The success of UCFF PCs have made vendors realize that small and power-efficient computing platforms are here to stay. ARM SoC manufacturers, finding that the tablet market had reached saturation, kick-started a new product category in the form of 'HDMI sticks'. As a computing platform, they were smaller than the ultra-compact form factor PCs - just looking like an oversized USB key. Intel joined the game in CES 2015 with the Bay Trail Compute Stick. The first iteration was, to put it kindly, a bit underwhelming. However, Intel showed its commitment to the form factor by announcing three new Compute Stick models at CES 2016. They included one Cherry Trail (Atom) and two Core M models.

Introduction and Setup Impressions

The Intel Compute Stick we are reviewing today is the Cherry Trail model (PPSTK1AW32SC) that comes with Windows 10 Home (32-bit) pre-installed, making it ready to roll right out of the box. The specifications of our Intel PPSTK1AW32SC review configuration are summarized in the table below.

Intel PPSTK1AW32SC Specifications
Processor Intel Atom x5-Z8300
(4C/4T x 1.44 GHz, 14nm, 2MB L2, 2W SDP)
Memory 2GB DDR3L @ 1600 MHz
Graphics Intel HD Graphics
Disk Drive(s) SanDisk DF4032 32GB eMMC
Networking 2x2 Intel Dual Band Wireless-AC 7265 802.11ac
Audio Capable of 5.1/7.1 digital output with audio over HDMI
Operating System Windows 10 Home x86
Pricing (As configured) $159
Full Specifications Intel PPSTK1AW32SC Specifications

The Atom x5-Z8300 belongs to the Cherry Trail family - the set of SoCs with Airmont Atom cores that target the tablet market. These SoCs are very similar to the Bay Trail SoCs, except that we have a process shrink from 22nm to 14nm and the integrated GPU is a bit more powerful. The clock speeds are also a bit higher compared to the Bay Trail SoCs while maintaining a similar power envelop.

The Intel PPSTK1AW32SC kit comes with a pre-installed OS, but no extra software is provided. Drivers and recovery BIOS (if needed) are available for download on Intel's site. In addition to the main unit, the other components of the package include a 15 W (5V @ 3A) adapter with a micro-USB power delivery port. The cable is more than 3ft in length, which solves one of the complaints about the Bay Trail Compute Stick and the short power cord. We also get a HDMI extender cable to help use the Compute Stick in recessed or otherwise inaccessible HDMI ports.

We had a very difficult experience managing our previous mini-PC reviews with just 32 GB of eMMC storage. Fearing a similar situation, we decided to reuse the Patriot EP series 64 GB microSDXC card that we had used in the Bay Trail Compute Stick review.

In the table below, we have an overview of the various systems that we are comparing the Intel PPSTK1AW32SC against. Note that they may not belong to the same market segment. The relevant configuration details of the machines are provided so that readers have an understanding of why some benchmark numbers are skewed for or against the Intel PPSTK1AW32SC when we come to those sections.

Comparative PC Configurations
Aspect Intel PPSTK1AW32SC
CPU Intel Atom x5-Z8300 Intel Atom x5-Z8300
GPU Intel HD Graphics Intel HD Graphics
RAM 2GB DDR3L
11-11-11-28 @ 1600 MHz
2GB DDR3L
11-11-11-28 @ 1600 MHz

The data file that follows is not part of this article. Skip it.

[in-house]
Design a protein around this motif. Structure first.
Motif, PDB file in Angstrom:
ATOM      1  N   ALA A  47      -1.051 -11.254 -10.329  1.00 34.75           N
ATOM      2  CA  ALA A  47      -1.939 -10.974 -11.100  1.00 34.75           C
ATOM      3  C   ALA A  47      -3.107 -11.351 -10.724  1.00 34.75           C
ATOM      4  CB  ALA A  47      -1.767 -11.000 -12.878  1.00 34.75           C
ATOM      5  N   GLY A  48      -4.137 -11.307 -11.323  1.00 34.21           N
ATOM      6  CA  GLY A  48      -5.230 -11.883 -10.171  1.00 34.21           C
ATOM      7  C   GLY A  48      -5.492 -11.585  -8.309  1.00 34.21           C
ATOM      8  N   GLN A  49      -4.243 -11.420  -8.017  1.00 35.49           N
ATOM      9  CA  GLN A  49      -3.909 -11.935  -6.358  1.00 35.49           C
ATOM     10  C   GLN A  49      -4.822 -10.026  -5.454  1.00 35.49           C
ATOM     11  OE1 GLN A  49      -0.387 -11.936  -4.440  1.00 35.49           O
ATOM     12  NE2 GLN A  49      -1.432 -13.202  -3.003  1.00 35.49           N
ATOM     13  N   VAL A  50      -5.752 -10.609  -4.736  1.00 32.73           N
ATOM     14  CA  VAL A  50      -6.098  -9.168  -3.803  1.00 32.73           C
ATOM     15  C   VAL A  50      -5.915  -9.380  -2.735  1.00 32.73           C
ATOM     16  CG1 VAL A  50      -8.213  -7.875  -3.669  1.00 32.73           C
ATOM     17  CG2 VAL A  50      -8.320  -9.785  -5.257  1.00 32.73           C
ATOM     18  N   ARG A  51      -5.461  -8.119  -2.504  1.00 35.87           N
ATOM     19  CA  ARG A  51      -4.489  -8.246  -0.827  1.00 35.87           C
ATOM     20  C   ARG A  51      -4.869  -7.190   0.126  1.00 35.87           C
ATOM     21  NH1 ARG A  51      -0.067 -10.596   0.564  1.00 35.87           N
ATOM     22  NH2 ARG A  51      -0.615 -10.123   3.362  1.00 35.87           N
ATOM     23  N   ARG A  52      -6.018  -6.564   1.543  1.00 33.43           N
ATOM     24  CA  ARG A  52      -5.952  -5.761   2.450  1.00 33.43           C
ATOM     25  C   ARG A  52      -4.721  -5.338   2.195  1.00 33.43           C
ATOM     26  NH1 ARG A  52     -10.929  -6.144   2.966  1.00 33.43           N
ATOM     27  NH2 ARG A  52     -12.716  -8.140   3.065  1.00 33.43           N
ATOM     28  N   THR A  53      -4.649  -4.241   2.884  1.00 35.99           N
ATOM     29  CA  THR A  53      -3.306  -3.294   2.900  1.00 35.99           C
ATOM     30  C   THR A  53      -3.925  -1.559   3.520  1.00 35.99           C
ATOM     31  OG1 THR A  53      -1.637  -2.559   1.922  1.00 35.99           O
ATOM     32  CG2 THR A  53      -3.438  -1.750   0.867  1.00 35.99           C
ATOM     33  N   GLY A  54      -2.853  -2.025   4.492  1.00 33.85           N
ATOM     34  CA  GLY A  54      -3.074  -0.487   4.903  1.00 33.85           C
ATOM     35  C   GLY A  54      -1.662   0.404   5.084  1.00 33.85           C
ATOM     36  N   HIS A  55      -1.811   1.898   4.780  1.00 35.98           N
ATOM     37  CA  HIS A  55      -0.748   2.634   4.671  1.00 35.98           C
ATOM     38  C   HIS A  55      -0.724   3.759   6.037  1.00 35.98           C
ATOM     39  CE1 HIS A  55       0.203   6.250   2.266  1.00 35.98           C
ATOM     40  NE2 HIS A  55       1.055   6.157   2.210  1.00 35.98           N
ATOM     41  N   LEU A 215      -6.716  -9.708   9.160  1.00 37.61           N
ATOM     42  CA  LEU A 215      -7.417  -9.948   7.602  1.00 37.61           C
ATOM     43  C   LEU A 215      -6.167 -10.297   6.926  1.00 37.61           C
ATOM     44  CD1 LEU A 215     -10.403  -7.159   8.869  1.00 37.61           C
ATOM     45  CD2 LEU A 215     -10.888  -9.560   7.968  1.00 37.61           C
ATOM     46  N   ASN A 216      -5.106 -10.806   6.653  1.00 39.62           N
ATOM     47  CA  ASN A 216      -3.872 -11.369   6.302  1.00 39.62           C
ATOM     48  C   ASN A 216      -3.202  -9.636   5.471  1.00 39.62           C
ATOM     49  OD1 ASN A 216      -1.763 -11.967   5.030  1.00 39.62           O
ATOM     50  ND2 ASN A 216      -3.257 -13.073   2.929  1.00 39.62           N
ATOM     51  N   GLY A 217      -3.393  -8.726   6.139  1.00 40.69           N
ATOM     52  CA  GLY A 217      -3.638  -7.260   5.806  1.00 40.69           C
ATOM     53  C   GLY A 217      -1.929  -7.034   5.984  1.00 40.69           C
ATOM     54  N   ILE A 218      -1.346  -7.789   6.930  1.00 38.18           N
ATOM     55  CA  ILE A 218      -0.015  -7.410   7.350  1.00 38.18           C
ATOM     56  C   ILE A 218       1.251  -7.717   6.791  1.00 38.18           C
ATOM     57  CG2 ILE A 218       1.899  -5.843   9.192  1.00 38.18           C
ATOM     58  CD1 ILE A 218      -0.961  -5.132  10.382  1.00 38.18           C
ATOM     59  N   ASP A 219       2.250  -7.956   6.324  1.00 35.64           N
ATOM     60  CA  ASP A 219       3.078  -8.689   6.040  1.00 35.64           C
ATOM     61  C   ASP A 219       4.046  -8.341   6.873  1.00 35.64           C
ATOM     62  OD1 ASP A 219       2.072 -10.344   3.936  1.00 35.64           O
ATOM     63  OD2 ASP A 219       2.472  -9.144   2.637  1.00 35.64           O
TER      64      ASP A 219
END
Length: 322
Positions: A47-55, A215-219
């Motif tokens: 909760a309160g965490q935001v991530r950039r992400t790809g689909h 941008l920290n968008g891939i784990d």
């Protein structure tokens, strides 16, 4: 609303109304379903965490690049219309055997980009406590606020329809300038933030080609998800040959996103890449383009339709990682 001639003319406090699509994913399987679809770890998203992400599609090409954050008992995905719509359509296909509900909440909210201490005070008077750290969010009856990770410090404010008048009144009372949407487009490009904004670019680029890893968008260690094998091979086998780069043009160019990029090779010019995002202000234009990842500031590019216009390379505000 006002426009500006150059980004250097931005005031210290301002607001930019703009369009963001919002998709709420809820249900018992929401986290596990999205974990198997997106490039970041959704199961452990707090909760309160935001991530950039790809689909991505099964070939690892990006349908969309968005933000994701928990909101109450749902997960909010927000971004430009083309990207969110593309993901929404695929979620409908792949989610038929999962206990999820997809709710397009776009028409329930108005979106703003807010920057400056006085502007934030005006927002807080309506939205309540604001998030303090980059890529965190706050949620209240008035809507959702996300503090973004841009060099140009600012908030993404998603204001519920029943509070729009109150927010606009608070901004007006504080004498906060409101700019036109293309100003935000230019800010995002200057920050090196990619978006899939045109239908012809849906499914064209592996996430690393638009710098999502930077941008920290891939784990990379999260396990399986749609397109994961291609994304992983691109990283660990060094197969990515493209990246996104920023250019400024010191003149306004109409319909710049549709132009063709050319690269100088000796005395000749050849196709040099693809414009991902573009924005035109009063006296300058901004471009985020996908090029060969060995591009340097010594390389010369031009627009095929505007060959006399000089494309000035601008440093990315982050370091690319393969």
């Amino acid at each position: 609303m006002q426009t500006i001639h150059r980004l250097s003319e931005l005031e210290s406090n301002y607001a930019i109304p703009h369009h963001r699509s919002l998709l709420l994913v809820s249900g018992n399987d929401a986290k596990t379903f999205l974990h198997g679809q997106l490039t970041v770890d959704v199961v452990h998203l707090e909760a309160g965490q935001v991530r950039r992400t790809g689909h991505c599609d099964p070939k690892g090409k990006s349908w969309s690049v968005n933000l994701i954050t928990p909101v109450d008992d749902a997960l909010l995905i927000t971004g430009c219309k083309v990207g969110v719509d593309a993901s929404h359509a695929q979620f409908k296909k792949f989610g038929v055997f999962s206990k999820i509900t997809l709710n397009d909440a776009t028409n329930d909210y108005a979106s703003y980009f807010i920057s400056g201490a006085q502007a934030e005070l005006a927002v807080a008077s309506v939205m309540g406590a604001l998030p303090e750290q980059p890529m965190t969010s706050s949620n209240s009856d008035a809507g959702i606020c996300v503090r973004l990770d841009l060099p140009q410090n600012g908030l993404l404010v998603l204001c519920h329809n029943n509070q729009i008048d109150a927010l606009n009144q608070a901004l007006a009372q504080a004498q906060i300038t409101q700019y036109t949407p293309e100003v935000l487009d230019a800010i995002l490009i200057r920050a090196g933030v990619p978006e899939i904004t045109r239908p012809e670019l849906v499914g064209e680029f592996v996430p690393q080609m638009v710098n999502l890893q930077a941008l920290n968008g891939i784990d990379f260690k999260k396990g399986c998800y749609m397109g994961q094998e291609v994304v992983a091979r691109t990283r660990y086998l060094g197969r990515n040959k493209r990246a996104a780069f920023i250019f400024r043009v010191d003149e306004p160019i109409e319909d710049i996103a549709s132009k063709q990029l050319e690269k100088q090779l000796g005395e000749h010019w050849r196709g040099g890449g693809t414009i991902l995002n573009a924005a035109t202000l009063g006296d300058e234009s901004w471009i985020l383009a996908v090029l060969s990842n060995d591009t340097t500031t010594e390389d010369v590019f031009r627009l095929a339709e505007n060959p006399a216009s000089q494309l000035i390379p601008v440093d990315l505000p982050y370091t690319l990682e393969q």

Storage SanDisk eMMC DF4032
(32 GB; eMMC 5.0-compatible)
SanDisk eMMC DF4032
(32 GB; eMMC 5.0-compatible)
Wi-Fi Intel Dual Band Wireless-AC 7265
(2x2 802.11ac - 867 Mbps)
Intel Dual Band Wireless-AC 7265
(2x2 802.11ac - 867 Mbps)
Price (in USD, when built) $159 $159
Performance Metrics
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  • zepi - Thursday, January 14, 2016 - link

    How about testing the H265 as well? I'm sure people will stumble upon it more and more as everyone wants to save in bandwidth costs. Reply
  • ddriver - Thursday, January 14, 2016 - link

    Come on now, would it kill you to put 4 gigs of ram instead? That would significantly improve the usability. Reply
  • utroz - Thursday, January 14, 2016 - link

    Probably has something to do with the fact that it has a 32bit version of windows so they skimped on the ram. Or they used 32bit windows because they skimped on the ram.. Either way it was a bad call. 64bit windows and 4GB of Ram or more are a must.. Reply
  • nathanddrews - Thursday, January 14, 2016 - link

    I think that's intentional in order to push people up into the Core m3 and m5 Compute Sticks. Reply
  • Blibbax - Friday, January 15, 2016 - link

    Iirc it's because (if you're an OEM) you can get a cheaper Windows license for a low-end system like this. Reply
  • mkozakewich - Sunday, January 17, 2016 - link

    2 GB is usable, at least. Windows takes up about 1 GB after boot, so the devices of 2014-2015 were horrible after the eMMC ran out of spare blocks. Reply
  • andychow - Thursday, January 14, 2016 - link

    The cpu only supports max 2 gigs of ram. So 4 gigs is impossible. Reply
  • Samus - Friday, January 15, 2016 - link

    It's also windows licensing issue. Until basically get windows 10 for free on these devices if they ship with <32 GB NAND and 2 GB RAM. Reply
  • Teknobug - Saturday, January 16, 2016 - link

    The X5 Z8300 is a 64bit processor, just like Samus said, devices with 32GB storage and 2GB or less memory gets free Windows license. Reply
  • ddriver - Sunday, January 17, 2016 - link

    So they crippled that poor product so it can get free spyware/spamware with it :) Reply

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